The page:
“No, I am merely very curious,” replied Mr. Perry, with a smile.
“Oh, hurry up, Hal, and tell us what this means,” urged Cub impatiently. “What’s the use o’ keepin’ us guessing all this time. Bud and I’ll admit we’re mystified.”
“Yes,” grinned Mr. Perry; “you’d better hurry up and enlighten us, or I’ll have to drag the secret out of you with mathematics.”
“Addition or subtraction,” asked Hal.
“Extraction,” replied “the man who couldn’t be mystified” with significant emphasis on the “ex”.
Laughter followed this quip, the levity of which caused Hal to feel more like “loosening up”.
“Well,” said the latter, producing a small leather-back notebook from one of his pockets; “here is the secret of my information.”
“Where did you get that?” Cub demanded.
“I found it.”
“Yes, on this island. It’s a diary of my cousin, beginning with the time he was left here by a bunch of college hazers.”
“Does it give any hint where he is now, Hal?” inquired Mr. Perry.
“I don’t think so,” replied the boy with the notebook. “I ran my eye through it hurriedly, but didn’t have time to read it all. If you’ll sit down and listen, I’ll read it to you from the beginning.”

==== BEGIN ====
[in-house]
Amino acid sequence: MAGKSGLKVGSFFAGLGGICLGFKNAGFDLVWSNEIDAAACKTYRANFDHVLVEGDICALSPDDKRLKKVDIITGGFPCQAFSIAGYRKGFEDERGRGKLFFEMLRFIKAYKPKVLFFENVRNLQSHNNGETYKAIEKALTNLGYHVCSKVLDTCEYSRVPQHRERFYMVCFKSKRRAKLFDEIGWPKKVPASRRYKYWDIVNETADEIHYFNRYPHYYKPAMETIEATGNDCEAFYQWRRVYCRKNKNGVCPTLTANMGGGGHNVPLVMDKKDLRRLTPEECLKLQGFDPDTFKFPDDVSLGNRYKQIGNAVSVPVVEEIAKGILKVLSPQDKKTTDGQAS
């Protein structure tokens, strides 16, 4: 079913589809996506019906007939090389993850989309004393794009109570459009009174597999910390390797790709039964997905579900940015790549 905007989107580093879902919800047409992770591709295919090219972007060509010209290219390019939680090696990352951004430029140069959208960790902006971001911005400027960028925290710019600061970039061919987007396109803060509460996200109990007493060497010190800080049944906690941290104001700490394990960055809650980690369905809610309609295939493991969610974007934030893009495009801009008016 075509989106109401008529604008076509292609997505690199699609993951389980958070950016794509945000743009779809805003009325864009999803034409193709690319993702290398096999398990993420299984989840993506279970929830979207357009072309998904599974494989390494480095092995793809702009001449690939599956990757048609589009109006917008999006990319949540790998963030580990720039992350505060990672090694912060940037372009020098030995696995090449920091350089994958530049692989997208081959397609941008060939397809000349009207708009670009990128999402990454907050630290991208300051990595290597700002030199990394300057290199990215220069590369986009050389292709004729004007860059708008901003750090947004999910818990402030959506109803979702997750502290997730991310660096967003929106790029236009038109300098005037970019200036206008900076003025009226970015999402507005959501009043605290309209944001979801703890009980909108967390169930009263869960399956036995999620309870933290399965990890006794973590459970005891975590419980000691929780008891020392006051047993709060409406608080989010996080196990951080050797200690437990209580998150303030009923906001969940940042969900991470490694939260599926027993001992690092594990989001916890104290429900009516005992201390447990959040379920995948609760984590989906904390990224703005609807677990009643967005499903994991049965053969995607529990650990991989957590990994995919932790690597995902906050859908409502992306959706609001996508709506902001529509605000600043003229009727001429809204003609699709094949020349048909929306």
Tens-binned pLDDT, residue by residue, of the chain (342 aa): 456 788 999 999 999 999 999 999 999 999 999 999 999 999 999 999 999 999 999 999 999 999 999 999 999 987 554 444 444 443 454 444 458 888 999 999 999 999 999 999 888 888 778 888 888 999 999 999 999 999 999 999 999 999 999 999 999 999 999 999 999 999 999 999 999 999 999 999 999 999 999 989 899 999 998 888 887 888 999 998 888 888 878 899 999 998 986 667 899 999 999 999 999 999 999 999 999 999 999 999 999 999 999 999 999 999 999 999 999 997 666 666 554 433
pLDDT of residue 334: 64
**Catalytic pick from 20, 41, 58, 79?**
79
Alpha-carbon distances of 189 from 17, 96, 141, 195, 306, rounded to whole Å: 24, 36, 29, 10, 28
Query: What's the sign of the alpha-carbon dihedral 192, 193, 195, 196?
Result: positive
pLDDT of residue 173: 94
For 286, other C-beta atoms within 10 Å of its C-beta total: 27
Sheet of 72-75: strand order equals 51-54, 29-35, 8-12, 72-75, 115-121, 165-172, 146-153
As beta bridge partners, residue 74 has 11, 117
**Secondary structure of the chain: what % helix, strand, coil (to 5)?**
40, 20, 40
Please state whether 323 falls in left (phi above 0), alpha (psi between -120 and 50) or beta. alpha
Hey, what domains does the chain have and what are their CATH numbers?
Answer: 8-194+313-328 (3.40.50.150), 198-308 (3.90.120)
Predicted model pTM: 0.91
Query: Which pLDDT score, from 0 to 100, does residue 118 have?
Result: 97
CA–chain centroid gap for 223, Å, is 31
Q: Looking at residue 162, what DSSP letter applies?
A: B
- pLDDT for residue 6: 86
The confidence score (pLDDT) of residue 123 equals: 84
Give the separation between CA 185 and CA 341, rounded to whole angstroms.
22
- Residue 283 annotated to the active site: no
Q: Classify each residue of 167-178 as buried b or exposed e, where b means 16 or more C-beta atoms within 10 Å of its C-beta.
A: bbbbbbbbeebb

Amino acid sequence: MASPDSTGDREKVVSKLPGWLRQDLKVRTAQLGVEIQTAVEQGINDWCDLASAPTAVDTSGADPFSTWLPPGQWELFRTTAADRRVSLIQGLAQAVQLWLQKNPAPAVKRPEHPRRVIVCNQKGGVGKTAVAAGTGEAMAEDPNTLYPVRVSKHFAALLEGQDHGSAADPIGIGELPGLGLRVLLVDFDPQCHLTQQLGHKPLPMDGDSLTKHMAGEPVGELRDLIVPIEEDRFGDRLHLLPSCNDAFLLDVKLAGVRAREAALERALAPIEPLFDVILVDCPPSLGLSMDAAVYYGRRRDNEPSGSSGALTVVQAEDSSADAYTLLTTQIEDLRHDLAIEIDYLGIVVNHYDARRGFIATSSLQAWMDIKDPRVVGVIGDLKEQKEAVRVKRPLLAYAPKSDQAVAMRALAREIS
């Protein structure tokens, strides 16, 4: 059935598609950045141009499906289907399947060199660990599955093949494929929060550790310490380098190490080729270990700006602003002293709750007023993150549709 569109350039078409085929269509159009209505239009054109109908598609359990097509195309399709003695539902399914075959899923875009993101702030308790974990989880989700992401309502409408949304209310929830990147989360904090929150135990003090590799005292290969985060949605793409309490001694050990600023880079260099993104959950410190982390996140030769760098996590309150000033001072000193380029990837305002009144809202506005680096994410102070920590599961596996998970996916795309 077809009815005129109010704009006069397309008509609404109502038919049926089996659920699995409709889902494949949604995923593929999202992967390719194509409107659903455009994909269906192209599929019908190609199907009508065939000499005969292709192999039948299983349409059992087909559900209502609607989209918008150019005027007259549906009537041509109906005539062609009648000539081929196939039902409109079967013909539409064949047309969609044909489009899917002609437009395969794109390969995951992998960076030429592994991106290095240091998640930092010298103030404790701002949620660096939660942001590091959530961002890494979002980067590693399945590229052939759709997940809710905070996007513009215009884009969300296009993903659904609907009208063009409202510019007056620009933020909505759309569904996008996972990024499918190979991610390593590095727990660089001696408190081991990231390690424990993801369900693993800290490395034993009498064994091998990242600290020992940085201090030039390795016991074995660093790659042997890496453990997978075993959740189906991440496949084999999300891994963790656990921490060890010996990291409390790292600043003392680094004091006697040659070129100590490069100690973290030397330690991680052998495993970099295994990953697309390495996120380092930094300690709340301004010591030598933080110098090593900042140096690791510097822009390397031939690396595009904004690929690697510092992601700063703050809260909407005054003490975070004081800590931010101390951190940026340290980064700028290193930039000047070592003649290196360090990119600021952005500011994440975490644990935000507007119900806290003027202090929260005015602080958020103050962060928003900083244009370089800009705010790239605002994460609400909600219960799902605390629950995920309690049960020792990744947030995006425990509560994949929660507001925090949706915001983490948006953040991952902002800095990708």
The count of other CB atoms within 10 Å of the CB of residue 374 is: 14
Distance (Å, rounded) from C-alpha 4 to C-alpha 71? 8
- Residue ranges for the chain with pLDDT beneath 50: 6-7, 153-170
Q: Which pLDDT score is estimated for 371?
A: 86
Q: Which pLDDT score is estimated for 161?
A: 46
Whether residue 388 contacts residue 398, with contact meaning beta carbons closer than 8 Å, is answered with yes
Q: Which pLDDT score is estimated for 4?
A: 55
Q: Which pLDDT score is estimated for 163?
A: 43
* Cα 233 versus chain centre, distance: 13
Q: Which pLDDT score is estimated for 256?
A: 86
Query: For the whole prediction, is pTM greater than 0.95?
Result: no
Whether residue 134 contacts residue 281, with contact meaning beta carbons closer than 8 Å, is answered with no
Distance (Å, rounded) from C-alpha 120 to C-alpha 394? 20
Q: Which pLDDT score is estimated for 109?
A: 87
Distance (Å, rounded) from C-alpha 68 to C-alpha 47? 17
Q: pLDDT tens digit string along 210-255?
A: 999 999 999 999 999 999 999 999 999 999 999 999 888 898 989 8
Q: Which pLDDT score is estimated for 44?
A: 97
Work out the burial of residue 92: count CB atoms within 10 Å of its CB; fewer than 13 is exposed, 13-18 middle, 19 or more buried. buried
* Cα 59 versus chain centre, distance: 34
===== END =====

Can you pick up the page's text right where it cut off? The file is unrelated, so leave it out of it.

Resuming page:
All being agreeable to this proposition, they seated themselves on camp chairs in front of the tent and Hal began as follows:
“First, I’ll begin by telling you where I found this book. I’ll take you back to the spot after I’ve finished reading. Before I found this book, I discovered a sign, or notice, written on a piece of paper and pinned to the trunk of a tree about four feet from the ground. On that paper was written with lead pencil these words under date of last Friday:
“’I Alvin Baker, a student at Edwards College, hereby name this island Friday island, because I was marooned here alone, like Robinson Crusoe, on Friday, June 9, 1922.’”
“I’d like to make the acquaintance of that boy,” said Mr. Perry warmly. “He has both imagination and a sense of humor in the midst of adversity.”
“Naturally I began to look about me for some trace of the person who had pinned the notice on the tree,” Hal continued. “I was standing in an open space about thirty feet in diameter. The tree on which this notice was pinned is at the edge of that space. There are a few small bushes here and there in the open, but the ground there is covered with long coarse grass. The first thing that attracted my attention, as I began to look about me was the fact that the grass was trampled down over a considerable area. I examined it carefully and while doing so found this notebook in the grass. It didn’t take me long after that to reach the conclusion that Cousin Alvin had been attacked by somebody and in the struggle lost this notebook out of his pocket.”
“It was probably the four ugly looking men he said were coming ashore when he sent his last distress message to us,” Cub inferred.